This post follows on from previous posts that have detailed the design of the commons game (and assumes some prior knowledge of the idea).

The basic idea of the commons game is a social process that rewards people with credit when they produce a commoning act. Players can then use this credit in a ‘market’ of players to exchange services or goods. The gamification aspect of it is in rewarding players that carry out commoning acts, or players that fund commoning acts, or that exchange credit on the market.

One of the challenges in the design is to simply find the systems and platforms that can functionally run the game. Enter Co-budget and Neeboz.


Recently I can across Co-budget on a trip to Wellington NZ to find out about Enspiral. Mix Irving gave me a patient and in depth tutorial. I was really impressed by the simplicity and effectiveness of the system.

Co-budget is the system that many Enspiral ventures use for sourcing and allocating funds. It is like participatory budgeting, it is also like internal crowdfunding. It is a good system for rewarding commoning acts because it allows any user in the system to suggest a commoning act, and then relies on voluntary and distributed contributions for the suggestions to get funded.

Thus co-budget solves the problem of how to decide and reward commoning acts in the commons game system.


Neeboz is an Australian based platform that incentivizes a sharing economy within local neighbourhoods. It was founded by Jodie Hampson and was established in Melbourne as a testing ground for its development.

Neeboz has some very good features built into it. First, it has a map that lists users by geographical area (if users wish to be listed). Secondly, it asks users to list several services they can provide or resources they can share (users earn bonus credits for providing this), and allows users to contact each other via the secure platform (this acting as a social network). Thirdly it has as credit system, meaning that people can hold the value of a service or offer they provided in Neeboz dollars, and use this to elicit a service from a third person.

Neeboz therefore solves the problem of a platform that can act as a market place, elicits peoples service / goods offers, has a needs board, can track credit, and can track all activity so that it may be gamified.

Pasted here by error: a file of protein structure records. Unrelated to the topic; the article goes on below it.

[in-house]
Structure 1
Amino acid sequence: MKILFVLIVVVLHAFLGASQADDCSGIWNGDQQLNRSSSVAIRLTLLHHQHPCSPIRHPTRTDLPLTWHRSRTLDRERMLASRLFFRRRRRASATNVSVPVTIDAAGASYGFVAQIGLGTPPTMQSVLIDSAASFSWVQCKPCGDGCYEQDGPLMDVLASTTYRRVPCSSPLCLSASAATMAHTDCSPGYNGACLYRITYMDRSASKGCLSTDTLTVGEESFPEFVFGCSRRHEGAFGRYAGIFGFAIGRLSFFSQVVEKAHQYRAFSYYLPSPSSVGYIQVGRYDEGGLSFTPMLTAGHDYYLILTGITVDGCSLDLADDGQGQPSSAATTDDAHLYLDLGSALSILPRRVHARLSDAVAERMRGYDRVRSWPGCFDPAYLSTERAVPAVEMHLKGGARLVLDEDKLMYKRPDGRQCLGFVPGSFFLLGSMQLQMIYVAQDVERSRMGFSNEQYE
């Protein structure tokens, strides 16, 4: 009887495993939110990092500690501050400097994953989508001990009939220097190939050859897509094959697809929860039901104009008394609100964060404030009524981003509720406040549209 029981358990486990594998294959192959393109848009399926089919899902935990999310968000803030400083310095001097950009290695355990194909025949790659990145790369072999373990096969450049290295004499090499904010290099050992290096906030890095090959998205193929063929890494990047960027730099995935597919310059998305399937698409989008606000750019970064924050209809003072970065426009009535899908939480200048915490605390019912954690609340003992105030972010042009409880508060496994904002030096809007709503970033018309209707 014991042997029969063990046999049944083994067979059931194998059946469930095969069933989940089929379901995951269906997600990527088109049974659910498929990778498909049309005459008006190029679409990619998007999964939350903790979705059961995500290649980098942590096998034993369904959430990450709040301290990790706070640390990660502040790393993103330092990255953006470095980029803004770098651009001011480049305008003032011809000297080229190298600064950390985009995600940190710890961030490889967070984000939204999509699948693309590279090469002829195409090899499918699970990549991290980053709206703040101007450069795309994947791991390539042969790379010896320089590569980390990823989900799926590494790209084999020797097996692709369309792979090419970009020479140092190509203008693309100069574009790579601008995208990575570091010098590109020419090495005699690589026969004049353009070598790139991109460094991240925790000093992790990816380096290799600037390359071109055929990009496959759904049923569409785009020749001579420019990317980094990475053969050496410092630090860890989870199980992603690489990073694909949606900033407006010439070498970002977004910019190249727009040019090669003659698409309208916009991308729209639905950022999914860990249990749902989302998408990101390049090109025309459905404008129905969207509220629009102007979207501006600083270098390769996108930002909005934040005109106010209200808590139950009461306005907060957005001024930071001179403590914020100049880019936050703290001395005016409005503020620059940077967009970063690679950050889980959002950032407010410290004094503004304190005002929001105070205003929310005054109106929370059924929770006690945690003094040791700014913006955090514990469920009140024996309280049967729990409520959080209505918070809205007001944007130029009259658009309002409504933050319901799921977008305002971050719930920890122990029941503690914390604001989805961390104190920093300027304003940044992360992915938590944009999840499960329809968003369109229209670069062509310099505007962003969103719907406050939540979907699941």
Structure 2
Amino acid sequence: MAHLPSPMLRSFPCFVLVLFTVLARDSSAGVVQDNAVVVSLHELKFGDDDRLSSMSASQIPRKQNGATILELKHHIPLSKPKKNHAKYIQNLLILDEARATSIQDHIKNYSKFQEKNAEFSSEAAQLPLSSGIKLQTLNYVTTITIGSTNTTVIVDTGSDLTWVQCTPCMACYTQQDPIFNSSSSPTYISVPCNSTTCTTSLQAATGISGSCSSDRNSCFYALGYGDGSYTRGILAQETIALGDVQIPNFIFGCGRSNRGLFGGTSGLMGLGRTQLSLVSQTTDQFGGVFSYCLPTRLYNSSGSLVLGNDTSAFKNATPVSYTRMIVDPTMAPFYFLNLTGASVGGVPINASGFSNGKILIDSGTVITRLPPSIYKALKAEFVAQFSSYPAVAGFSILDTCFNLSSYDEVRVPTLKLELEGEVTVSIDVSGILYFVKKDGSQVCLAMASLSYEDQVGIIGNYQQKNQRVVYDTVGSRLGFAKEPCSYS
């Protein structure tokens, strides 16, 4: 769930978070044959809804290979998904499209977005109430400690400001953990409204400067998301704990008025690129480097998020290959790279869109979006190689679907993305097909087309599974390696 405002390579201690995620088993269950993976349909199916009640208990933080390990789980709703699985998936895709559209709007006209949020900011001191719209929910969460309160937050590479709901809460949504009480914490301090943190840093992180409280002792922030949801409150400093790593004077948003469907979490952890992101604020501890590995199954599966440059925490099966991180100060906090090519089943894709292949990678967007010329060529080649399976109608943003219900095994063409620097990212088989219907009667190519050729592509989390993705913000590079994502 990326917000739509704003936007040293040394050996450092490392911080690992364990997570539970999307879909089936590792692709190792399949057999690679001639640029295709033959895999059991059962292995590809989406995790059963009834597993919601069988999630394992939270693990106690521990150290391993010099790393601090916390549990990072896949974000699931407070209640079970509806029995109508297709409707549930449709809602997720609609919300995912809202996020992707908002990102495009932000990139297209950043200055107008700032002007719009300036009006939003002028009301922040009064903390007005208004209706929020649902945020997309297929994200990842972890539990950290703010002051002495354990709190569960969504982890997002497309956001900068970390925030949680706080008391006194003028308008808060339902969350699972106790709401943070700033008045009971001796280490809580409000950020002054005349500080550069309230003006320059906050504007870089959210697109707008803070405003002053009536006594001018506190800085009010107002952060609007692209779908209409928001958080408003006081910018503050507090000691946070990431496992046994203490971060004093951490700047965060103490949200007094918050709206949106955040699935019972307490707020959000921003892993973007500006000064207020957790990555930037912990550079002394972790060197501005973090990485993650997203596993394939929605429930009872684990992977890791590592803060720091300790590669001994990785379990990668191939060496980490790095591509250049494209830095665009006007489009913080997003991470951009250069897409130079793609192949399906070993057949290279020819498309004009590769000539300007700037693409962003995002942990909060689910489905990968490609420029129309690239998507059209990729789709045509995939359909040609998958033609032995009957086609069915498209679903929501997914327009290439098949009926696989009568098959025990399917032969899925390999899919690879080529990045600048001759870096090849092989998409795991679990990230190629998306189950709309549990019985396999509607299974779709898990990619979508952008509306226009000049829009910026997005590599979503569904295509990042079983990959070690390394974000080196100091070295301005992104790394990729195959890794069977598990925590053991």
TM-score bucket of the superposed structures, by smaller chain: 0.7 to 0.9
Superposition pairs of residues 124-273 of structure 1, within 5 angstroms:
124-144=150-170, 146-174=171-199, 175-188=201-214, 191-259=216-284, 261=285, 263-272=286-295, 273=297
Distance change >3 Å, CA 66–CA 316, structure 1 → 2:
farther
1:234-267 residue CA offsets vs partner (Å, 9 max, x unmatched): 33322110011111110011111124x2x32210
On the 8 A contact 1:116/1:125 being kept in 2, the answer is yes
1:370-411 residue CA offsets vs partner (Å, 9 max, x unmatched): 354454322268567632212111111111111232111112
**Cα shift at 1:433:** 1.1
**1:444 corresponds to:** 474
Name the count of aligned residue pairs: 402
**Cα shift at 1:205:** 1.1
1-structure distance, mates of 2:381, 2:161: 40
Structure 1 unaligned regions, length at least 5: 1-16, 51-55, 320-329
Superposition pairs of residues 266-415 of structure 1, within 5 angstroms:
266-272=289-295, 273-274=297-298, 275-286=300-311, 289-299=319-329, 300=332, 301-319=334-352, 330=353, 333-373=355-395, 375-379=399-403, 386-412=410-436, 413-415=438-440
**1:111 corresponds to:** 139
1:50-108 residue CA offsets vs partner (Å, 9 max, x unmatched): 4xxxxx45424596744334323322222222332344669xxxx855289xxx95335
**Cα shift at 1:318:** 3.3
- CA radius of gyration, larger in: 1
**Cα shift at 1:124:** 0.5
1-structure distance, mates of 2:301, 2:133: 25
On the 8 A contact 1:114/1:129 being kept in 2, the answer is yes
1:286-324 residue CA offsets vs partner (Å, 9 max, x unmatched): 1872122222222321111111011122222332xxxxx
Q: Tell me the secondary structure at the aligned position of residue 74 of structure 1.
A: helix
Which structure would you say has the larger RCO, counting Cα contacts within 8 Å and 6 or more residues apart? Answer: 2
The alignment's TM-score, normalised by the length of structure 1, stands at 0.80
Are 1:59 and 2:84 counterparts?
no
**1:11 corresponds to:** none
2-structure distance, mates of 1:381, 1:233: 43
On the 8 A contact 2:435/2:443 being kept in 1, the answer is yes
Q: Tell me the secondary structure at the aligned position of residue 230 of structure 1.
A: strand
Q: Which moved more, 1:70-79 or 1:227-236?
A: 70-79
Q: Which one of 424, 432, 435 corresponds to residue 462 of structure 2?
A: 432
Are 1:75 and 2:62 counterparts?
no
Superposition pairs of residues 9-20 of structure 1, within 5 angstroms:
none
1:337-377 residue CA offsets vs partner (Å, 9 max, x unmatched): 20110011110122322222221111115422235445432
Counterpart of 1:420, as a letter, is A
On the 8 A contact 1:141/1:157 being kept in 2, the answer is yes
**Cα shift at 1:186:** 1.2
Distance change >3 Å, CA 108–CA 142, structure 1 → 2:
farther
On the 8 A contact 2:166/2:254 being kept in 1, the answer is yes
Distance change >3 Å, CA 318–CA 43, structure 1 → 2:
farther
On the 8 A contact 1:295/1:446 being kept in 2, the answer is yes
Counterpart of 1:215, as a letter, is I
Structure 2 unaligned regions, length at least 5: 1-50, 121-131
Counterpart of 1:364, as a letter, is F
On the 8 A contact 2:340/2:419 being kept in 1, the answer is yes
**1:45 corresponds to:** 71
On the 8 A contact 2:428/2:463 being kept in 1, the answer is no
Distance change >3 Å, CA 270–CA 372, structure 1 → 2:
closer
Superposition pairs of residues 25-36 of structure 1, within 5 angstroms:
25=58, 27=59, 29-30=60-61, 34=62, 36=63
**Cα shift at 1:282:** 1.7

Co-budget and Neeboz would be used to run a small scale test of the commons game. This is how it would work.

  • We would develop a crowd fund campaign, perhaps asking for $10 to play the game. (the game is time limited and would go for 6-10 weeks)
  • Jodie’s target for critical mass is 1000 users. We would start with a modest target of 250 players. We could scale it up later once we became more confident the system works well. We would likely start with Melbourne to do a small scale test, then Australia wide to reach bigger numbers.
  • If the game were funded, the money would go into social media, administration, and gaming support.
  • Each of the game players would be allocated a set number of Co-budget credit. (to know about how co-budget works, see this video).
  • Players would use the co-budget system to propose co-budget buckets. These buckets would represent commoning acts. It may be that existing community programs use this (such as community groups needing help). And group based commoning would also be good to do (but figuring out how to do this in the platforms is trickier).
  • Players would fund any of the buckets they want to.
  • Once a bucket is funded, the bucket proposer would carry out the commoning deed, and would be rewarded with the co-budget credits they wanted for that deed. (for example if they promised to clean up the local creek for 50 credit – if the bucket was funded then they would get that credit as soon as the creek was cleaned.)
  • That credit would then be available to use on the trading platform Neeboz.
  • Players would use the Neeboz platform to trade and exchange things, and get points or stages for various categories (most diverse trading / highest quantity of trading, etc).
  • People could use their Neeboz dollars to put back into the Co-budget system, to fund more commoning acts. Thus technically a player could focus on providing services on the neeboz platform to earn credit to fund co-budget commoning. Commoning acts are verified by a post by the doer with a picture of the act.

Diagrammatic description


Published by jramos

José Ramos is a researcher, writer and advocate for commons-based social change. He focuses on such areas as future political economy, planetary stewardship, innovations in democracy and governance, the conjunction of foresight and action research, and transformative social innovation.

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